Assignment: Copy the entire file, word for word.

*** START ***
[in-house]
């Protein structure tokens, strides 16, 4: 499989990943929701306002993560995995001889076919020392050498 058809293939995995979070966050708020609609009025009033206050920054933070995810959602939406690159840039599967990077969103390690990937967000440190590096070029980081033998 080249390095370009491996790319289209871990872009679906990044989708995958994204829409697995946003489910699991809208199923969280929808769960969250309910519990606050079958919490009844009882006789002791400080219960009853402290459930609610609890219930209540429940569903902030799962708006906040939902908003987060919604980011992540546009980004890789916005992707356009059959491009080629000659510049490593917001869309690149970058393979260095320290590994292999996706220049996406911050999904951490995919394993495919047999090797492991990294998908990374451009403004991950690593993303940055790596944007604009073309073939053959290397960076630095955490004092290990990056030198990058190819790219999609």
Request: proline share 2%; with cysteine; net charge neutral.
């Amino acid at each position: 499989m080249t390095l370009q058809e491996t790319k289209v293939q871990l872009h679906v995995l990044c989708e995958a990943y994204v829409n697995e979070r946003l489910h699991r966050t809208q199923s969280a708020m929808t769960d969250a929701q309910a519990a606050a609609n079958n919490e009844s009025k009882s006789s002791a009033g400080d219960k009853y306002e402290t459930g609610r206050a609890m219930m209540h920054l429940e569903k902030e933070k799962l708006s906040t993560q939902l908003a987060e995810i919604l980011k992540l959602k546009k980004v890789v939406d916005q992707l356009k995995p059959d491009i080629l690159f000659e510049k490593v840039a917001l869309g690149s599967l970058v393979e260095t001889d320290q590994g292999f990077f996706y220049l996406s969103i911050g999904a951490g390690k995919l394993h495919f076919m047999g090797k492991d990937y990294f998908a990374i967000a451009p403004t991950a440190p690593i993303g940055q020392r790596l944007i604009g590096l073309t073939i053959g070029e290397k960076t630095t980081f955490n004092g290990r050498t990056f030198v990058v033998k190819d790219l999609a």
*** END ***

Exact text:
[in-house]
């Protein structure tokens, strides 16, 4: 499989990943929701306002993560995995001889076919020392050498 058809293939995995979070966050708020609609009025009033206050920054933070995810959602939406690159840039599967990077969103390690990937967000440190590096070029980081033998 080249390095370009491996790319289209871990872009679906990044989708995958994204829409697995946003489910699991809208199923969280929808769960969250309910519990606050079958919490009844009882006789002791400080219960009853402290459930609610609890219930209540429940569903902030799962708006906040939902908003987060919604980011992540546009980004890789916005992707356009059959491009080629000659510049490593917001869309690149970058393979260095320290590994292999996706220049996406911050999904951490995919394993495919047999090797492991990294998908990374451009403004991950690593993303940055790596944007604009073309073939053959290397960076630095955490004092290990990056030198990058190819790219999609």
Request: proline share 2%; with cysteine; net charge neutral.
């Amino acid at each position: 499989m080249t390095l370009q058809e491996t790319k289209v293939q871990l872009h679906v995995l990044c989708e995958a990943y994204v829409n697995e979070r946003l489910h699991r966050t809208q199923s969280a708020m929808t769960d969250a929701q309910a519990a606050a609609n079958n919490e009844s009025k009882s006789s002791a009033g400080d219960k009853y306002e402290t459930g609610r206050a609890m219930m209540h920054l429940e569903k902030e933070k799962l708006s906040t993560q939902l908003a987060e995810i919604l980011k992540l959602k546009k980004v890789v939406d916005q992707l356009k995995p059959d491009i080629l690159f000659e510049k490593v840039a917001l869309g690149s599967l970058v393979e260095t001889d320290q590994g292999f990077f996706y220049l996406s969103i911050g999904a951490g390690k995919l394993h495919f076919m047999g090797k492991d990937y990294f998908a990374i967000a451009p403004t991950a440190p690593i993303g940055q020392r790596l944007i604009g590096l073309t073939i053959g070029e290397k960076t630095t980081f955490n004092g290990r050498t990056f030198v990058v033998k190819d790219l999609a």